On December 21, 2012, defendants moved to limit the court's review to the administrative record and deny discovery by plaintiff. (Docket No. 17.) The court denied the motion without prejudice to the right to object subsequently to the consideration of material outside of the record. (Feb. 26, 2013 Order at 2 (Docket No. 29).) The court ordered that "[p]laintiff may pursue discovery regarding its ESA claims against USFS while plaintiff litigates its summary judgment motion on its claims under [NEPA]." (Id.)

Plaintiff moved for summary judgment on its NEPA claims under Rule 56. (Docket No. 30.) Defendants, in their cross-motion for summary judgment, moved for summary judgment on both the NEPA and ESA claims. (Docket No. 39.) Plaintiff moved to defer consideration of the ESA claims under Rule 56(d). (Docket No. 41.)

II. Motion to Defer

Rule 56(d) provides that "[i]f a nonmovant shows by affidavit or declaration that, for specified reasons, it cannot present facts essential to justify its opposition, the court may... defer considering the motion or deny it." Fed.R.Civ.P. 56(d). "To prevail under... Rule [56(d)], [a] part[y] opposing a motion for summary judgment must make (a) a timely application which (b) specifically identifies (c) relevant information, (d) where there is some basis for believing that the information sought actually exists." Emp'rs Teamsters Local Nos. 175 & 505 Pension Trust Fund v. Clorox Co. , 353 F.3d 1125, 1129 (9th Cir. 2004) (internal quotation marks and citation omitted).

Here, plaintiff notes that the deposition of its ESA expert has yet to occur, and documents regarding the defendants' continued consultation regarding the Tatham Project were produced during the briefing of the cross-motions for summary judgment. (Docket No. 36.) The court finds plaintiff's application sufficient to defer consideration of its ESA claims under Rule 56(d), and plaintiff's motion will accordingly be granted.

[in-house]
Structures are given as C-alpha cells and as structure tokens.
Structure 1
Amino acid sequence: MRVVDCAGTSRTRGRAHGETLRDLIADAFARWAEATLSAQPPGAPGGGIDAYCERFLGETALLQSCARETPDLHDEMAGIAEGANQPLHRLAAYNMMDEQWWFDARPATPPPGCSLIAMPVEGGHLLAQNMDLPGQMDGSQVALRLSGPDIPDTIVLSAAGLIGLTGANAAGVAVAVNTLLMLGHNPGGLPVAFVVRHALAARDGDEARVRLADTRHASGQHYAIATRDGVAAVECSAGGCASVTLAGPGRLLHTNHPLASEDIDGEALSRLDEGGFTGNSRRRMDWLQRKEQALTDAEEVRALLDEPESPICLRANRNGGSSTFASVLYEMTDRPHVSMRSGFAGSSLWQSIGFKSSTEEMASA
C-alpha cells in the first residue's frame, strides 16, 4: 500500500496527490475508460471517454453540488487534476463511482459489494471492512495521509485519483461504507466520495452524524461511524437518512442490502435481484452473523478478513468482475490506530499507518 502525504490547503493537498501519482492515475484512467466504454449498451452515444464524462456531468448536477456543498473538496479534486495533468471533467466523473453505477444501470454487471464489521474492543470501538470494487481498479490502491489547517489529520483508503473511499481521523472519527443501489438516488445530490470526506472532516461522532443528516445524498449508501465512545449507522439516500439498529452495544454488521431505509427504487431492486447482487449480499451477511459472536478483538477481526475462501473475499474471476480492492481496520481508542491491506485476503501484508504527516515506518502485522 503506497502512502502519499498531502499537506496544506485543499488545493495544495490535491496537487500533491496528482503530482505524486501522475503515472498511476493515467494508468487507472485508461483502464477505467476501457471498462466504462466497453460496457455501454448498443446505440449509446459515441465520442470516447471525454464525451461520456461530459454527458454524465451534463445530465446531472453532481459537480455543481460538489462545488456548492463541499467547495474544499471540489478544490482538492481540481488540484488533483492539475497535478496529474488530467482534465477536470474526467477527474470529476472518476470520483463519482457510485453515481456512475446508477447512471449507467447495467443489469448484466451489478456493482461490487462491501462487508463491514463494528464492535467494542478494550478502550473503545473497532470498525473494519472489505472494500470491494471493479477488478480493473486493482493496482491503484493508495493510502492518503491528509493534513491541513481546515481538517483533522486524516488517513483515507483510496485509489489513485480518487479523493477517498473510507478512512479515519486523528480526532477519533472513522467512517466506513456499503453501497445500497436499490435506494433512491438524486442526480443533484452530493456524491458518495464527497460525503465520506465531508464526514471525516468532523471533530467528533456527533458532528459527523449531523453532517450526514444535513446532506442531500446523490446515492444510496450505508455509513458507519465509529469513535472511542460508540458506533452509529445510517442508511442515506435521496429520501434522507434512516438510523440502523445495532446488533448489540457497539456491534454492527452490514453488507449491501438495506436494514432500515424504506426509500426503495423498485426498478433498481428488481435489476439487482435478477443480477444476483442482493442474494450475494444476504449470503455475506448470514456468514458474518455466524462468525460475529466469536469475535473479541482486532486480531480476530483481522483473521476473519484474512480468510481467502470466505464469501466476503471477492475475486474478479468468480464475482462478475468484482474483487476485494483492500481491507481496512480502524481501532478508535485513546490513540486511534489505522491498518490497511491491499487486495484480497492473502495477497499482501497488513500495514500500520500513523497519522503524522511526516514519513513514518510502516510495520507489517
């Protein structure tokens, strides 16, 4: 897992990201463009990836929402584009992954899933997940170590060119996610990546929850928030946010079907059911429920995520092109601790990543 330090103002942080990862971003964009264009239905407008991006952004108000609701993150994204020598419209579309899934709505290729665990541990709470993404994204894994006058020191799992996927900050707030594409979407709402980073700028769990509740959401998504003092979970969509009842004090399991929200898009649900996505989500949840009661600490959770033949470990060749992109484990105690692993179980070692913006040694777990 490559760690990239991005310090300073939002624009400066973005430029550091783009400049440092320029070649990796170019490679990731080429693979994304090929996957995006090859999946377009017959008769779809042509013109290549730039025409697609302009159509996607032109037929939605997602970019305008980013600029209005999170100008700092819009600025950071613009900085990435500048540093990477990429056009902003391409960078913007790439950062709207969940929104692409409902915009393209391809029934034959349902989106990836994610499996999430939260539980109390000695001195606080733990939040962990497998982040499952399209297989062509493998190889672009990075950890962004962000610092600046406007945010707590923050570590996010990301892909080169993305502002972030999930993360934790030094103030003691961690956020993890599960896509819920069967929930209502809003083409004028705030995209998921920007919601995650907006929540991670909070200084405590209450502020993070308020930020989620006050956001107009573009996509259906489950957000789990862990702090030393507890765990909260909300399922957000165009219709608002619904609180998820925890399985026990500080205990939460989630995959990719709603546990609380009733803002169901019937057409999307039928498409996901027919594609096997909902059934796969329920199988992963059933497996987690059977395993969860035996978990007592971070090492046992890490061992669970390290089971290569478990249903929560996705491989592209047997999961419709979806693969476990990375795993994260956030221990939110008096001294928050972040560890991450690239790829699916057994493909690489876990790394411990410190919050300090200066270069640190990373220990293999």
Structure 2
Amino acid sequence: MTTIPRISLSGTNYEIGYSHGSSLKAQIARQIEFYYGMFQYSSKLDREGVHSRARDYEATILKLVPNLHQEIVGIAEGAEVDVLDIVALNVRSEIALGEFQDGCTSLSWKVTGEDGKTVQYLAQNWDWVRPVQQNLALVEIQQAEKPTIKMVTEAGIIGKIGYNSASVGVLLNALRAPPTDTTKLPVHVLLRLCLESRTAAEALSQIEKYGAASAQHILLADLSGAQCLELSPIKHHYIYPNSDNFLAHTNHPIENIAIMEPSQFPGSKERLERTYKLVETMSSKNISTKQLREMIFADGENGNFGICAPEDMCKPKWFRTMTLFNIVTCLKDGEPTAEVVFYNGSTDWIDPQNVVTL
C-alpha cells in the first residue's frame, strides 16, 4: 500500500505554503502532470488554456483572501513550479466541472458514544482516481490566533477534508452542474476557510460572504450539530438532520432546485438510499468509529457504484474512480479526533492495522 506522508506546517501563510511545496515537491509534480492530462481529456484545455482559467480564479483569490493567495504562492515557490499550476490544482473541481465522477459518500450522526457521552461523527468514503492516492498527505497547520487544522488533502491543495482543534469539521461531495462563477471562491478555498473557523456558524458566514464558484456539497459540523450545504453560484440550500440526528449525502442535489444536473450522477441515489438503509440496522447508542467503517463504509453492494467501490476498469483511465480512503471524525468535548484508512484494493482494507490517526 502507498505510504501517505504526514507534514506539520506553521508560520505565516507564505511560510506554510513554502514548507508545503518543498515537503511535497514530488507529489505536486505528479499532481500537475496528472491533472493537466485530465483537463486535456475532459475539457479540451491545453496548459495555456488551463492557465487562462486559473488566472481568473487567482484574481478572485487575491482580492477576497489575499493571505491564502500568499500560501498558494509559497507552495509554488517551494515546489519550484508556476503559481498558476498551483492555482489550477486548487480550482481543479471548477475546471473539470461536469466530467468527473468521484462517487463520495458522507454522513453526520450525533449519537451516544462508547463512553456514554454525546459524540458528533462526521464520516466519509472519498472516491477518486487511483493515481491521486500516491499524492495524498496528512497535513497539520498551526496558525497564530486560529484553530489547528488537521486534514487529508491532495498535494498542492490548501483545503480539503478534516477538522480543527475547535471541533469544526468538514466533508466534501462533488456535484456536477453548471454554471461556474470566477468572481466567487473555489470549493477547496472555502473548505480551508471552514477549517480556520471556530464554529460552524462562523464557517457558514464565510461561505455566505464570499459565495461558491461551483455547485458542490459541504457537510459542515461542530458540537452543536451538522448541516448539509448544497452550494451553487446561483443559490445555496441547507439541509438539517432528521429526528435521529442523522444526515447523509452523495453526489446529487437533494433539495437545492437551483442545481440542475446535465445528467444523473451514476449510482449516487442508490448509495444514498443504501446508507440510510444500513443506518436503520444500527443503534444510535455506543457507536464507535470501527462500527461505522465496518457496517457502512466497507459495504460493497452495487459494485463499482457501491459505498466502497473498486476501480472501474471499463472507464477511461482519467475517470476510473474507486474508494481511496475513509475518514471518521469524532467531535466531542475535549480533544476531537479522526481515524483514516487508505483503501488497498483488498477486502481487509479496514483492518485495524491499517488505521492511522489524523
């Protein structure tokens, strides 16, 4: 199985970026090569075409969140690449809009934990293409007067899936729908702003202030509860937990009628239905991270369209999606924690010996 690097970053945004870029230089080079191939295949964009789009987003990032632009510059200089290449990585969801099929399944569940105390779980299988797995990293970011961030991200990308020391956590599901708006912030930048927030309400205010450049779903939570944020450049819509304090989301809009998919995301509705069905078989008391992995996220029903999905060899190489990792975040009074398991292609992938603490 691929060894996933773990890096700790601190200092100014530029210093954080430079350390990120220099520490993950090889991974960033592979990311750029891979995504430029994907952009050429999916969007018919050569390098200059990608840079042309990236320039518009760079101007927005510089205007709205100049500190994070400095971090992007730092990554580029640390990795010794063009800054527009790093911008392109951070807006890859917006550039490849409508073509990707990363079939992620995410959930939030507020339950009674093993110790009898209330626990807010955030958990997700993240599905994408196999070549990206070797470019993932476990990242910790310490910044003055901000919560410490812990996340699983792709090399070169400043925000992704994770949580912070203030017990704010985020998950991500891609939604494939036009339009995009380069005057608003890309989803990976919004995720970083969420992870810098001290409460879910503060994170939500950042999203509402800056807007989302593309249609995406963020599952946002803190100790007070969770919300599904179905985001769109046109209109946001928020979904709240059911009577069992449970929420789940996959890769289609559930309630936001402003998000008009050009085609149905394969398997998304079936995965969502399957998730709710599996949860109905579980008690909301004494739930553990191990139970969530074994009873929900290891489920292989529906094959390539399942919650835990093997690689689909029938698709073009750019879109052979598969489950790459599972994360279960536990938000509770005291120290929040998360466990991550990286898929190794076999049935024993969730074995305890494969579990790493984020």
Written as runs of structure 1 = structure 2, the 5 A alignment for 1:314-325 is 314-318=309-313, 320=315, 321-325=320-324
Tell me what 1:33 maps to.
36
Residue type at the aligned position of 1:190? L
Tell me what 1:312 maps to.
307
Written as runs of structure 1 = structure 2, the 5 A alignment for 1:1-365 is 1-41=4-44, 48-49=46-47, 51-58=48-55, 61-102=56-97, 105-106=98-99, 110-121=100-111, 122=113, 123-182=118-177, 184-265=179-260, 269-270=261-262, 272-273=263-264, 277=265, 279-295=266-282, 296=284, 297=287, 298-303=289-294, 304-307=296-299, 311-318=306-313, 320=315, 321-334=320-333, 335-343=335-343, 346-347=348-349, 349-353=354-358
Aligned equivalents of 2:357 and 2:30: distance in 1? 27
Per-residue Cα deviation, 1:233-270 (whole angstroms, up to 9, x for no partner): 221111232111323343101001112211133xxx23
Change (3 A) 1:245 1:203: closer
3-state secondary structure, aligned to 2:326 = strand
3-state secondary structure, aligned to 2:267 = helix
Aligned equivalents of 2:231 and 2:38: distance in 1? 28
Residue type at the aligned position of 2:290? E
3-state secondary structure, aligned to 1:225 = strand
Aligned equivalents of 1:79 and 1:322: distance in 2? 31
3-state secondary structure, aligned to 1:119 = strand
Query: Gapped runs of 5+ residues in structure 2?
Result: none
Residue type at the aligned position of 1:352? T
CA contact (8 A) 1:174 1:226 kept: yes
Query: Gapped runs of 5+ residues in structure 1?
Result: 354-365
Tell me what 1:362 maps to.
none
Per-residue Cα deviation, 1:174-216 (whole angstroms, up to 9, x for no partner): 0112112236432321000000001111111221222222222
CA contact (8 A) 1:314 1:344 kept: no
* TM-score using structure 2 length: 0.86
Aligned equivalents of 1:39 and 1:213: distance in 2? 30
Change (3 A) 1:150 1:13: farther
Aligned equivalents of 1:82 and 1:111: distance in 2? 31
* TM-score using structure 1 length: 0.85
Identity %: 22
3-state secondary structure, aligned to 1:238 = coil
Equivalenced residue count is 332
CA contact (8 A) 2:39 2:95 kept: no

The court now turns to the parties' cross motions for summary judgment on plaintiff's NEPA claims.

III. Cross-Motions for Summary Judgment

The court reviews NEPA claims to determine whether they are "arbitrary, capricious, an abuse of discretion, or otherwise not in accordance with law" under the Administrative Procedure Act ("APA"). 5 U.S.C. § 706(2)(A); see Ctr. for Biological Diversity v. Salazar , 706 F.3d 1085, 1090 (9th Cir. 2013). "Agency action is arbitrary and capricious if the agency has relied on factors which Congress has not intended it to consider, entirely failed to consider an important aspect of the problem, offered an explanation for its decision that runs counter to the evidence before the agency, or is so implausible that it could not be ascribed to a difference in view or the product of agency expertise.'" Great Old Broads for Wilderness v. Kimbell , 709 F.3d 836, 846 (9th Cir. 2013) (quoting City of Sausalito v. O'Neill , 386 F.3d 1186, 1206 (9th Cir. 2004)).

"A reviewing court generally must be at its most deferential when reviewing scientific judgment and technical analyses within the agency's expertise." Id . (internal quotation marks and citation omitted). The court also "defers to [the agency's] interpretation of its own regulations... unless plainly erroneous or inconsistent with the regulations being interpreted.'" Salazar , 706 F.3d at 1090 (alteration in original) (quoting Long Island Care at Home, Ltd. v. Coke , 551 U.S. 158, 171 (2007)). "As the Supreme Court stated in Citizens to Preserve Overton Park, Inc. v. Volpe, the ultimate standard of review is a narrow one, ' and [t]he court is not empowered to substitute its judgment for that of the ...